Reaching a decision is usually a complex process and at times becomes an exercise in clinical judgment. Existing data are based on retrospective data and case series and when the issue at hand is the possible effects of the drugs used on a particular pregnancy, one should keep in mind that there are multiple other determinants: Exposure to other drugs, substances, and toxins; nutritional status; mother’s age; genetic vulnerability; time frame of exposure; stressors; and many other pregnancy factors.
If the depression is left untreated, this may result in harm of the mother (suicide at worst, but more commonly poor self-care, poor nutrition and sleep, substance abuse – most commonly alcohol and tobacco – and exposure to additional medication, premature labor, postpartum depression and, after delivery, poor infant care due to disorganization, impulsivity, suicidality). Untreated depression during pregnancy has also been associated with an equal number of long-term post-delivery problems for the baby and the developing child that may impact on its physical and mental well being, such as lower birth weight, lower APGAR score, smaller head circumference, reduced neonatal functioning and possible dysfunction of the infant HPA axis.
Milder forms of depression can be treated with psychotherapy alone (usually by courses of brief therapy of a cognitive or interpersonal orientation) but more severe forms often require biological interventions ranging from medications to hospitalization and sometimes even electroconvulsive therapy. Available medical information on the safety of these interventions on the developing fetus have gone through several stages over the years: from being considered unsafe in older times – leading physicians to advise termination of pregnancy in women who had received such medication – to freely prescribing certain antidepressants from the nineties on. Recent studies show that these antidepressants may not be as safe as it was thought only a few years ago, as they may be responsible not so much for congenital malformations but rather for perinatal complications and for the adaptability of the developing newborn and perhaps older child.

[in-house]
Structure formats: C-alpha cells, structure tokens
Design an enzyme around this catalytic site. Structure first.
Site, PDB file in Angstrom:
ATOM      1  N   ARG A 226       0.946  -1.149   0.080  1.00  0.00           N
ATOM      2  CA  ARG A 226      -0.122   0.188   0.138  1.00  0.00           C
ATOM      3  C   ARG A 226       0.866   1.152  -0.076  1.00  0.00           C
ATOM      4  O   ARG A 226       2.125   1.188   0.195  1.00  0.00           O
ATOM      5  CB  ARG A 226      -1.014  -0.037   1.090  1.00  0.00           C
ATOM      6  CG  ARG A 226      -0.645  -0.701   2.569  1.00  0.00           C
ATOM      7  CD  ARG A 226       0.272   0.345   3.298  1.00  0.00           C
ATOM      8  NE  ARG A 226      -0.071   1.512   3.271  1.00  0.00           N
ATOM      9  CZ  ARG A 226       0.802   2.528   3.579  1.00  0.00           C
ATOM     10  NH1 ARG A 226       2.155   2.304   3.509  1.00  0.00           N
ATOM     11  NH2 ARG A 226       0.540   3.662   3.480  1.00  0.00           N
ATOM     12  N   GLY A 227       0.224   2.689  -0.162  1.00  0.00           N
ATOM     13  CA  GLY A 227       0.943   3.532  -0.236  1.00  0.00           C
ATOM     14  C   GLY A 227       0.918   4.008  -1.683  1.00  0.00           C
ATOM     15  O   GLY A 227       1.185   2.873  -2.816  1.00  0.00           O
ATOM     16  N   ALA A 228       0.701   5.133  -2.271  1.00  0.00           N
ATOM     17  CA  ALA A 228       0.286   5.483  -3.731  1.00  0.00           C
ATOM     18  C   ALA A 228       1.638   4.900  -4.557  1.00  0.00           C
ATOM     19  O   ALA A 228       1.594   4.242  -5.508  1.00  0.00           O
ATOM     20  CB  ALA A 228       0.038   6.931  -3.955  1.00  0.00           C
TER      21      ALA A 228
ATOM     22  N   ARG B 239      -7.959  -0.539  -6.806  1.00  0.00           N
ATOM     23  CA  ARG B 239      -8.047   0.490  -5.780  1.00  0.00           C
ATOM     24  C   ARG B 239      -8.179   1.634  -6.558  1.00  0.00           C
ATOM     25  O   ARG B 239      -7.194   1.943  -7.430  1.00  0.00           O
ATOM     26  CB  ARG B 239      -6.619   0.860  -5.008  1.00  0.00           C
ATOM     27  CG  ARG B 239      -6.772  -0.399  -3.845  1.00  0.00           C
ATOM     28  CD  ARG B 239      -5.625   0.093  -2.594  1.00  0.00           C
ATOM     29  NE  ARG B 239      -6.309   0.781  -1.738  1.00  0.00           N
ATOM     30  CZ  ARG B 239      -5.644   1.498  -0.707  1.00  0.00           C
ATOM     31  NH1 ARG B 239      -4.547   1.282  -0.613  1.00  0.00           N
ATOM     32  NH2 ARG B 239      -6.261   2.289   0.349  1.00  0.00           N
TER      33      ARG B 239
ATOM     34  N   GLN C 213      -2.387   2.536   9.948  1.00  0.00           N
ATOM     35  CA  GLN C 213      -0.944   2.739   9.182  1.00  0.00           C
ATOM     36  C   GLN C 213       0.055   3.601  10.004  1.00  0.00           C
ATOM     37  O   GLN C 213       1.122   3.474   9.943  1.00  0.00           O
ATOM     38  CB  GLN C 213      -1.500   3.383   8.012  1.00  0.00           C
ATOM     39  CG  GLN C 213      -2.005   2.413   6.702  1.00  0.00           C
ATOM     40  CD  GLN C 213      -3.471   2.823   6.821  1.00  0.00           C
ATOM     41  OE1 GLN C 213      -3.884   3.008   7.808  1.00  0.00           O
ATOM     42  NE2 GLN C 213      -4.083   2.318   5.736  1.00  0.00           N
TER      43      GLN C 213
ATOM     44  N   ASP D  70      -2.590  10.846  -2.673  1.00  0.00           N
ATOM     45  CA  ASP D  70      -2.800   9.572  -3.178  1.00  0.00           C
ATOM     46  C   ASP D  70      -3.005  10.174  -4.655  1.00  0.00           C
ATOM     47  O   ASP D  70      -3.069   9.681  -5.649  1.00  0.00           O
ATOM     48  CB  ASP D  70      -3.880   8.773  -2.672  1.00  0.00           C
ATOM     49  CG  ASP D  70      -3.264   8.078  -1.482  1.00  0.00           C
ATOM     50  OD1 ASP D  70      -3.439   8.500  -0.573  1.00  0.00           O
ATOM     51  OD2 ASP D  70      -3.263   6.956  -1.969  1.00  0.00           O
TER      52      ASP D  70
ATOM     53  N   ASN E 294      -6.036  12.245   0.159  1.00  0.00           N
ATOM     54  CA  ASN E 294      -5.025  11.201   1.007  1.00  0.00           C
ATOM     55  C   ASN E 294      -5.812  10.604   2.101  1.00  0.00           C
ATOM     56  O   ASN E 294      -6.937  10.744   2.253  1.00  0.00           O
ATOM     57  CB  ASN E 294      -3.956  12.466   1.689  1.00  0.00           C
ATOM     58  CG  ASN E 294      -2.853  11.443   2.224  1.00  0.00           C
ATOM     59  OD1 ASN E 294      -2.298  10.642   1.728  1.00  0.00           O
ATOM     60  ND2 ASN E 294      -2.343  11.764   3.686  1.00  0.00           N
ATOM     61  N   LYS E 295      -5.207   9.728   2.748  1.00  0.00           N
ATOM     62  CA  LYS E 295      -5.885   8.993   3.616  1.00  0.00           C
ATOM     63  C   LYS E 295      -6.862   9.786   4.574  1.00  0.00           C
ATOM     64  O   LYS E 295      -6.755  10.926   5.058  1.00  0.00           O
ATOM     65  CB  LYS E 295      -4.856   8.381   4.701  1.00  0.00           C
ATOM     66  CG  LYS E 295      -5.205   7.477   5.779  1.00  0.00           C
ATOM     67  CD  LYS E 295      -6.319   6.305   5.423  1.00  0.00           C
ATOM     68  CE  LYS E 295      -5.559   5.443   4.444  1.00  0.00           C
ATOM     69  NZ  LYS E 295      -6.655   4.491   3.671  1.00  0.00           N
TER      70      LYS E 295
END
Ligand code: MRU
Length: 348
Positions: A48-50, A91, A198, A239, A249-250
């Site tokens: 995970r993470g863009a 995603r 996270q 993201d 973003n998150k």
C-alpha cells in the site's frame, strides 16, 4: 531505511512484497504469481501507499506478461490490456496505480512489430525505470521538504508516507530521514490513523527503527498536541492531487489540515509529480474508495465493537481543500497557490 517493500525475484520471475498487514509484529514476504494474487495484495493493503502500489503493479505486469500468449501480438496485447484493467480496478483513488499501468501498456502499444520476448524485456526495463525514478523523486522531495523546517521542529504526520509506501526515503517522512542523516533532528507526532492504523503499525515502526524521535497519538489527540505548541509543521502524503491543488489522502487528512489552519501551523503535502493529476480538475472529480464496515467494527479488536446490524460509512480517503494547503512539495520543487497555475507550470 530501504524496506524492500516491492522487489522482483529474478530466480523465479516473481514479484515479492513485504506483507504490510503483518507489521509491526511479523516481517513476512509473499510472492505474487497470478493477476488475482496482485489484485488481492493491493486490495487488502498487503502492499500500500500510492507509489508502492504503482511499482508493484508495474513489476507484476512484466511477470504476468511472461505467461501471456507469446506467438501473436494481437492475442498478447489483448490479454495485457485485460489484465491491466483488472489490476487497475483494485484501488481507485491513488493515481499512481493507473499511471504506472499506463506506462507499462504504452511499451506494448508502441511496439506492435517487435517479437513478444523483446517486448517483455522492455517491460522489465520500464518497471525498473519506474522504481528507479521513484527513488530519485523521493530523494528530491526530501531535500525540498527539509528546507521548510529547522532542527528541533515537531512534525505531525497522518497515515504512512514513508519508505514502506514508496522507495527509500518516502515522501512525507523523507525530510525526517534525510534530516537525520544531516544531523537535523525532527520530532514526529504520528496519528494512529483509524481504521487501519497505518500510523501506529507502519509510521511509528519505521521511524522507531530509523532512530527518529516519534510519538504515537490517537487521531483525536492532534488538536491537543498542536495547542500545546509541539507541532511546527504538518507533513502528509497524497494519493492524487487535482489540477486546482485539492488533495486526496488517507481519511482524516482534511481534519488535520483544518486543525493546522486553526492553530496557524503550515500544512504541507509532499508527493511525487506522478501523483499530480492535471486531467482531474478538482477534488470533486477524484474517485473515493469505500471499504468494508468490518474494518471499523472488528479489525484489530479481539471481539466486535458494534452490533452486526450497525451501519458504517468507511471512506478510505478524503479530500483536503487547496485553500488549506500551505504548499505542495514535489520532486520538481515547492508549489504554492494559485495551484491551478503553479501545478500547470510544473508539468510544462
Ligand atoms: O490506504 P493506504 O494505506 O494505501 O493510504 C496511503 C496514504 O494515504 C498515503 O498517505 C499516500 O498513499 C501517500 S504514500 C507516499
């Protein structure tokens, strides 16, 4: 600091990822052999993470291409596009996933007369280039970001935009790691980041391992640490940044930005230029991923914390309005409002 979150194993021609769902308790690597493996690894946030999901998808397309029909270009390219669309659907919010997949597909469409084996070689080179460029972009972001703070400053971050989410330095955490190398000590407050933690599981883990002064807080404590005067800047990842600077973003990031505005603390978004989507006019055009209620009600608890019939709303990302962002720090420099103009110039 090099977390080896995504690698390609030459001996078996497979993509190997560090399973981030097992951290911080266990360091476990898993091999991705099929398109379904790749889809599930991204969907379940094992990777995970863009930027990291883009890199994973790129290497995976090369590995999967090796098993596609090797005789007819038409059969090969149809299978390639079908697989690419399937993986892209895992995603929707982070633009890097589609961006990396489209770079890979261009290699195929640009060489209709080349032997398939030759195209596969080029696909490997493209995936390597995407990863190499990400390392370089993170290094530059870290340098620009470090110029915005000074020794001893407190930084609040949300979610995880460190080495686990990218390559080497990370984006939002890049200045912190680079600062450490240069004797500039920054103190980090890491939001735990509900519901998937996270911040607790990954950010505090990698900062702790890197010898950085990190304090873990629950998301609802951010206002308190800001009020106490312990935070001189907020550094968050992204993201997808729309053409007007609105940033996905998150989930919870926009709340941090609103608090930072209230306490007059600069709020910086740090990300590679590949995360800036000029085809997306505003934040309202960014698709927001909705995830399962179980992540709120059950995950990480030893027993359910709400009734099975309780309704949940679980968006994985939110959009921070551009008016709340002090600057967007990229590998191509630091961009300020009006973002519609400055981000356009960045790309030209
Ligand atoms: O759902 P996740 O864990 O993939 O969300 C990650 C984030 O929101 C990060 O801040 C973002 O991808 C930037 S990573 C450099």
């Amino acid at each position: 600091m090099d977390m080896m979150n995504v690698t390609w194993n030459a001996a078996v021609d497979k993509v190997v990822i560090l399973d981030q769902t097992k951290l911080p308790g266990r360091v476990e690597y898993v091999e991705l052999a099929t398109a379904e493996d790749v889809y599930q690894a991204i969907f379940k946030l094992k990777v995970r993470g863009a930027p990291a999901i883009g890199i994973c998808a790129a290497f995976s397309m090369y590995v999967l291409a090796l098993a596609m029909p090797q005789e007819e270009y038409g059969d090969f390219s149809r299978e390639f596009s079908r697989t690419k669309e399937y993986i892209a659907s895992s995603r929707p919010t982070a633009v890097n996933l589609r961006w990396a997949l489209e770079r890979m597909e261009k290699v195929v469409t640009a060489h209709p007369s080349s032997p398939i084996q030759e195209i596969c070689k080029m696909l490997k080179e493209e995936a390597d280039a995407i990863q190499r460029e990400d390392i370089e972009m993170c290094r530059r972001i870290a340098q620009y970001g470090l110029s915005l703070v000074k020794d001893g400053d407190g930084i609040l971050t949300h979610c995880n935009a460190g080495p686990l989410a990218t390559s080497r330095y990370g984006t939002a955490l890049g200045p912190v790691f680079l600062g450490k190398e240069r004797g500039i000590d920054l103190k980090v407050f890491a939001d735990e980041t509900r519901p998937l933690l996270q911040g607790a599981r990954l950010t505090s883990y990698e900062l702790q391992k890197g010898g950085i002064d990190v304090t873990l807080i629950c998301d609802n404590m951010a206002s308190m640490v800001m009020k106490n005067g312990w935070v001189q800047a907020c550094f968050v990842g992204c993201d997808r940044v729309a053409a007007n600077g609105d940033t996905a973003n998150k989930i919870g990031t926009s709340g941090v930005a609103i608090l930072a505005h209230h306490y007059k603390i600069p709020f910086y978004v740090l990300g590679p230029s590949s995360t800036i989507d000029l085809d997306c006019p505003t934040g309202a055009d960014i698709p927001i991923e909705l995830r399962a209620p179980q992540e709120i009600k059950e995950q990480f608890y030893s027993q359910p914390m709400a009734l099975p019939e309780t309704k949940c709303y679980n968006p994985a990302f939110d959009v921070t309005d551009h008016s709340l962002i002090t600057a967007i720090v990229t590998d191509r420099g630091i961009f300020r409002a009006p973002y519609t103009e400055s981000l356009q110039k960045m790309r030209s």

In the background of all clinicians’ worst nightmares is, of course, the thalidomide story, released in 1957 as a “pregnancy safe” tranquilizer in Germany and another 46 countries, and retracted in 1961 after 40% of the exposed newborns had died and 12,000 survived with severe congenital abnormalities.
Although we have not witnessed such major catastrophes since, and medical science has become much more cautious, the initial optimism with the newer antidepressants has been seriously tempered in the last few years. Already since 1996 Christina Chambers was reporting a 15.5% incidence of more than 3 minor anomalies in newborns exposed to fluoxetine during the 1st trimester, showing that the drug indeed has an effect on fetal development and reporting that “Exposure to fluoxetine during the first trimester increases the probability of reduced adaptability syndrome (respiratory distress, irritability, tremor, cyanosis while being fed). It also increases the possibility of NICU admission”.